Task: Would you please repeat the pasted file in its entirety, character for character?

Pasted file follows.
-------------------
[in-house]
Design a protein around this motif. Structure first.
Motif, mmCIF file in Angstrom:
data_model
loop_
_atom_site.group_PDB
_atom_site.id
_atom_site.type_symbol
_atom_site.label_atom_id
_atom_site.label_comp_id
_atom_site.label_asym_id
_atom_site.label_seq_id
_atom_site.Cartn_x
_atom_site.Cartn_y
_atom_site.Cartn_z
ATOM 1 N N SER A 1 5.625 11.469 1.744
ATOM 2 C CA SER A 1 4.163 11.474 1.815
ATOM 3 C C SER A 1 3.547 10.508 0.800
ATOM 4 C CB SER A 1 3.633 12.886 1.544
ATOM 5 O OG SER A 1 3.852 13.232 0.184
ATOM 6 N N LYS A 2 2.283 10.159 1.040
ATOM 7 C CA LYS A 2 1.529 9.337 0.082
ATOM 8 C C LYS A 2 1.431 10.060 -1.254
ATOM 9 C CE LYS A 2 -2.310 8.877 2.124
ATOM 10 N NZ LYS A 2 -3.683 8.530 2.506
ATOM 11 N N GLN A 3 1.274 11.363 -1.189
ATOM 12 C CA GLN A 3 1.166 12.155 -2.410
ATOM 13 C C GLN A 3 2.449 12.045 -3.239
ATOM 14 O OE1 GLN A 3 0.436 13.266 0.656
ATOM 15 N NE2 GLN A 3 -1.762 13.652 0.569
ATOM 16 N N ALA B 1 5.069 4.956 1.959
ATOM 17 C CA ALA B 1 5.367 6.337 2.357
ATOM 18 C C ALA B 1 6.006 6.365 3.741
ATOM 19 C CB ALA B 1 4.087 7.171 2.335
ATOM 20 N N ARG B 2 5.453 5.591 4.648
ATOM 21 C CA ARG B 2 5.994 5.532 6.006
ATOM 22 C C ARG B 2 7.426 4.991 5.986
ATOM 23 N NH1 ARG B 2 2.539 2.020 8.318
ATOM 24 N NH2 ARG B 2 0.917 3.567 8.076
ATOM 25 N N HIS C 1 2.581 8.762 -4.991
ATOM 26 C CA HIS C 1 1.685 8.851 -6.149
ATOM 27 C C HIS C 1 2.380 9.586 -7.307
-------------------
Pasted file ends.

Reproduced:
[in-house]
Design a protein around this motif. Structure first.
Motif, mmCIF file in Angstrom:
data_model
loop_
_atom_site.group_PDB
_atom_site.id
_atom_site.type_symbol
_atom_site.label_atom_id
_atom_site.label_comp_id
_atom_site.label_asym_id
_atom_site.label_seq_id
_atom_site.Cartn_x
_atom_site.Cartn_y
_atom_site.Cartn_z
ATOM 1 N N SER A 1 5.625 11.469 1.744
ATOM 2 C CA SER A 1 4.163 11.474 1.815
ATOM 3 C C SER A 1 3.547 10.508 0.800
ATOM 4 C CB SER A 1 3.633 12.886 1.544
ATOM 5 O OG SER A 1 3.852 13.232 0.184
ATOM 6 N N LYS A 2 2.283 10.159 1.040
ATOM 7 C CA LYS A 2 1.529 9.337 0.082
ATOM 8 C C LYS A 2 1.431 10.060 -1.254
ATOM 9 C CE LYS A 2 -2.310 8.877 2.124
ATOM 10 N NZ LYS A 2 -3.683 8.530 2.506
ATOM 11 N N GLN A 3 1.274 11.363 -1.189
ATOM 12 C CA GLN A 3 1.166 12.155 -2.410
ATOM 13 C C GLN A 3 2.449 12.045 -3.239
ATOM 14 O OE1 GLN A 3 0.436 13.266 0.656
ATOM 15 N NE2 GLN A 3 -1.762 13.652 0.569
ATOM 16 N N ALA B 1 5.069 4.956 1.959
ATOM 17 C CA ALA B 1 5.367 6.337 2.357
ATOM 18 C C ALA B 1 6.006 6.365 3.741
ATOM 19 C CB ALA B 1 4.087 7.171 2.335
ATOM 20 N N ARG B 2 5.453 5.591 4.648
ATOM 21 C CA ARG B 2 5.994 5.532 6.006
ATOM 22 C C ARG B 2 7.426 4.991 5.986
ATOM 23 N NH1 ARG B 2 2.539 2.020 8.318
ATOM 24 N NH2 ARG B 2 0.917 3.567 8.076
ATOM 25 N N HIS C 1 2.581 8.762 -4.991
ATOM 26 C CA HIS C 1 1.685 8.851 -6.149
ATOM 27 C C HIS C 1 2.380 9.586 -7.307